Carnival on the island of Montserrat has become virtual and communitarian

Photo: Derek Galon

With just over 5,000 inhabitants, the island of Montserrat has decided, because of the Covid-19 global pandemic, to celebrate without parades through the streets, without foreign guests and virtually the 58th edition of its annual carnival from Saturday December 19, 2020 to Saturday January 2, 2021.


“Montserrat Carnival 2020 is a virtual and community affair”, is the sentence with which the Montserrat Arts Council began this long press release published on October 27.

In the latter, the body explained why Montserrat’s carnival in its traditional form, which is usually held in December, will be cancelled and that digital will play an important role in order to nevertheless offer some entertainment to the island’s population, which declined from over 12,000 inhabitants before the eruption of Soufrière Hills volcano in 1995 and 1997 to just over 5,000 today.

“Montserrat’s annual Carnival is a multi-day experience, which celebrates the island’s music, pageantry, heritage and culture, and it is one of the most anticipated end of year carnivals in the Caribbean, usually drawing thousands of attendees during the Christmas season.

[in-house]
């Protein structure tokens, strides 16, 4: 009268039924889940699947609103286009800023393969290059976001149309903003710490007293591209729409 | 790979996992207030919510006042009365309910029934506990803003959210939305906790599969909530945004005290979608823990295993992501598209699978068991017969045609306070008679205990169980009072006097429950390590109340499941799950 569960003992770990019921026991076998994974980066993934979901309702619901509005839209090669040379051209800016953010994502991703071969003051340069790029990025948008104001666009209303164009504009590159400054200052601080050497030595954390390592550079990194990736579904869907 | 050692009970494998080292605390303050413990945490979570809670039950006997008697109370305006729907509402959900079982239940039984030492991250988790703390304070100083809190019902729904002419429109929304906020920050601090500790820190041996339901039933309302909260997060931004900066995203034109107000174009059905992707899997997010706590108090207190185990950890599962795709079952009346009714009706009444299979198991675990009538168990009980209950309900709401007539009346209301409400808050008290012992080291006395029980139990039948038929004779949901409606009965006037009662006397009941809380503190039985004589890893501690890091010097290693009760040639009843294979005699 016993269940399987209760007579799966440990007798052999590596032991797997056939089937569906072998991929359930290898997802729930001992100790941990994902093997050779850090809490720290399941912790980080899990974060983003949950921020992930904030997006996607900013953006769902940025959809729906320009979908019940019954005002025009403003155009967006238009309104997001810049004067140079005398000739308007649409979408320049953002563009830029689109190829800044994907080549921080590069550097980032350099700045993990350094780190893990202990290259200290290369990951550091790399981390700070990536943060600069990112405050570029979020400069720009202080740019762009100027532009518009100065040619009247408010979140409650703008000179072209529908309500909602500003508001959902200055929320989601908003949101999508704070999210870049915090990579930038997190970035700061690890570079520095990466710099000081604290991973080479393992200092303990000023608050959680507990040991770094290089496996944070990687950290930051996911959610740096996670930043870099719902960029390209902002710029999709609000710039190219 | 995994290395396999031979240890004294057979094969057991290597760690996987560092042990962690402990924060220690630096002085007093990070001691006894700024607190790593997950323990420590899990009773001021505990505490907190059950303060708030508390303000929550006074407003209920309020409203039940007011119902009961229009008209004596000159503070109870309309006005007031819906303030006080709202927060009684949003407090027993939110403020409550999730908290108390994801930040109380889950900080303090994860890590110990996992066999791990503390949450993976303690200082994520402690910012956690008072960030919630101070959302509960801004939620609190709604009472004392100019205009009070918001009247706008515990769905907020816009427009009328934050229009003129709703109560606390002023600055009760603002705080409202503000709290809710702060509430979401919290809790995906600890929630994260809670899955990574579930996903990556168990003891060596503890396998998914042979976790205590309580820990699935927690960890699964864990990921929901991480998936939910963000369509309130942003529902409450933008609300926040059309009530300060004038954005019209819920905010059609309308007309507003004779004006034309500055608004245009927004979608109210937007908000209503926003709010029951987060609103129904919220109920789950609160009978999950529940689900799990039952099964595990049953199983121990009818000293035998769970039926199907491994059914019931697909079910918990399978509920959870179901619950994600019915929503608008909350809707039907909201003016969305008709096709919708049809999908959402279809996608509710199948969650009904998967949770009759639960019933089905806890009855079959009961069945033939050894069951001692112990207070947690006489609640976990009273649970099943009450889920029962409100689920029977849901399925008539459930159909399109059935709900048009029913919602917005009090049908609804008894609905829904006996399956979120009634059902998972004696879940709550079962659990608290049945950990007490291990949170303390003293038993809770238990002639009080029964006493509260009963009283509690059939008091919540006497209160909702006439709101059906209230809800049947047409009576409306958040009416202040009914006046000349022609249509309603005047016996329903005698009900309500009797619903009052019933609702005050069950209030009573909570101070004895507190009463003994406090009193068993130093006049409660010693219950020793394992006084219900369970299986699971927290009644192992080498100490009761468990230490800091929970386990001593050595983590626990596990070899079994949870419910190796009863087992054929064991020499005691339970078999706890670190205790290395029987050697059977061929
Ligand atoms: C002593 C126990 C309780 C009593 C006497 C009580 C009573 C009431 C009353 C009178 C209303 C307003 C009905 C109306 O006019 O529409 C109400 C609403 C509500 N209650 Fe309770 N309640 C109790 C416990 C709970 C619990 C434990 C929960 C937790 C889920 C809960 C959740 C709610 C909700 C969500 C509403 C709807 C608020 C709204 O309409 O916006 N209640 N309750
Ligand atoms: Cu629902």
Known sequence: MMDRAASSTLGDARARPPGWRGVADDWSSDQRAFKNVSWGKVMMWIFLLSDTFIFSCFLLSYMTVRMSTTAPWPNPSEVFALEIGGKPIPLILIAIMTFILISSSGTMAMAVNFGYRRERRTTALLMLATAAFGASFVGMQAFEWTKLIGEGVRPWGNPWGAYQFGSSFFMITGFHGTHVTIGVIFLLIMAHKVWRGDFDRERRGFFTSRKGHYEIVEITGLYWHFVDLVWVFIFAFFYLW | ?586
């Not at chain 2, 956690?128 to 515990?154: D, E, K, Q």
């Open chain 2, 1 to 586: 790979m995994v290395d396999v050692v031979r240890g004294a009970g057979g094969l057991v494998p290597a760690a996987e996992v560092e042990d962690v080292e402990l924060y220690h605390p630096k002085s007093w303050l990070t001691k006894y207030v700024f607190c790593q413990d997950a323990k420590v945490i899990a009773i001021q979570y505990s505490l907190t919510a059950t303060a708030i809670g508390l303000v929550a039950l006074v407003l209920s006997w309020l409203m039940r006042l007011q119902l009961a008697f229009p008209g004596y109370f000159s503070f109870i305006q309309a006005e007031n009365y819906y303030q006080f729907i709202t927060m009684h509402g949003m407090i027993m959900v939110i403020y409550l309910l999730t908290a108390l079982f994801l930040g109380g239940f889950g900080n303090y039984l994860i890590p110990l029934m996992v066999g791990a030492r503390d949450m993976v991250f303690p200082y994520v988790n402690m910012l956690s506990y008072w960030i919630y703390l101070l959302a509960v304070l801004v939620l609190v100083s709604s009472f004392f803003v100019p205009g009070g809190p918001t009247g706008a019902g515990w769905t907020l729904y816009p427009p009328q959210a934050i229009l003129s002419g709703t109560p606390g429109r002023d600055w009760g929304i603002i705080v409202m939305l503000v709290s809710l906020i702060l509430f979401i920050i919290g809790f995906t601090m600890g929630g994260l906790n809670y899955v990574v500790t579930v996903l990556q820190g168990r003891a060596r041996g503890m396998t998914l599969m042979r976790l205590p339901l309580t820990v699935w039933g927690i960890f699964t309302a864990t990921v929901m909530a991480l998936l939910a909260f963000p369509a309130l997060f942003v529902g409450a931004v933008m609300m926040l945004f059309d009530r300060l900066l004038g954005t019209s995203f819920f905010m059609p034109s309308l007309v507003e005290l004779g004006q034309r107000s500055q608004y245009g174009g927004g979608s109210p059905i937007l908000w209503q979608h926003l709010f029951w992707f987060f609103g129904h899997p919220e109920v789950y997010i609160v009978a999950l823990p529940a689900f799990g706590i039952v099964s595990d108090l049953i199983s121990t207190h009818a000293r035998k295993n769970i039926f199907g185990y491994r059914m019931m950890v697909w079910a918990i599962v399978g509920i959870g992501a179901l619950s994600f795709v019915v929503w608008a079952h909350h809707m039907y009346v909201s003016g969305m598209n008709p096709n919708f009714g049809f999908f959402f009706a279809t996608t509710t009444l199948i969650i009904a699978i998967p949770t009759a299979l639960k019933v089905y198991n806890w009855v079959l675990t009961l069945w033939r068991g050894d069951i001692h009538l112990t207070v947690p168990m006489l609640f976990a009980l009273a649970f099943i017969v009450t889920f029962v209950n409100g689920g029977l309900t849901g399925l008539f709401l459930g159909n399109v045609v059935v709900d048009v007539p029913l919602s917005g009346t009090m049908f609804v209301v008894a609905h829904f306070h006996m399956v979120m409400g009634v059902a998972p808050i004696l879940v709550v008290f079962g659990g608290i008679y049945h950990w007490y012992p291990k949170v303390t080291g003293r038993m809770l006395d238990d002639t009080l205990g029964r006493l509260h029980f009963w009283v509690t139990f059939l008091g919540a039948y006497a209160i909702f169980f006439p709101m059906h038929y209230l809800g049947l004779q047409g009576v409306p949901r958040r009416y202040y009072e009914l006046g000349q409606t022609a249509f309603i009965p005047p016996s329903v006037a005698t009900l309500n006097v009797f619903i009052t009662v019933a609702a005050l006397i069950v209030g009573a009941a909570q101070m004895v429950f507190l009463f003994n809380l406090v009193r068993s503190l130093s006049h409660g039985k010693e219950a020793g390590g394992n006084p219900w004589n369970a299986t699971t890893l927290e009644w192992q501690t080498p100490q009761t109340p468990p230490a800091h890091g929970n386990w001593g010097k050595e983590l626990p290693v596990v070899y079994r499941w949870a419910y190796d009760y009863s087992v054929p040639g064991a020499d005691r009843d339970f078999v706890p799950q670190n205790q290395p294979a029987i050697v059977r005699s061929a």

However, as a result of the global pandemic COVID-19, for the first time in a very long time some annual events like the Miss Montserrat pageant have been cancelled, and the Calypso and Soca Monarch shows and the new King of Kings show are going to take place, but they will not be hosted in the Carnival Village. Instead, the events will be relocated to the Montserrat Cultural Centre (MCC), in an attempt to adhere to the COVID-19 recommendations issued by the Ministry of Health and Social Services (MoHSS)”, said the Arts Council.

However, booth owners were allowed to set up shop in the carnival village so they could earn some money. The MAC will even hire local DJs to set the mood.

Montserrat Carnival-Carnaval 1

A deconcentration of the festivities

The festivities will be deconcentrated because, instead of organizing them all in the north of the island, other communities such as Salem, St. Peter’s, Cudjoe Head and St. John’s will also host performances of calypso, dances, masquerades, steelpan, among others, “so that revelers can come out and have a good time, but in a controlled and sensible manner, said the organizers.

In order to avoid the transmission of Covid-19 in these various locations, especially in the carnival village, the Montserrat Arts Council, in collaboration with the health and social services, have implemented a very strict protocol that must be respected by the revellers. It includes: reconfiguration of parking lots, mutiplication of entrances and exits to avoid queues, physical distancing between booth vendors and between visitors, installation of hand washing stations, supply of masks and hand sanitisers, random temperature controls, installation of a first-aid station, this list of measures is not exhaustive.

The MAC hopes to return to the traditional carnival in December 2021.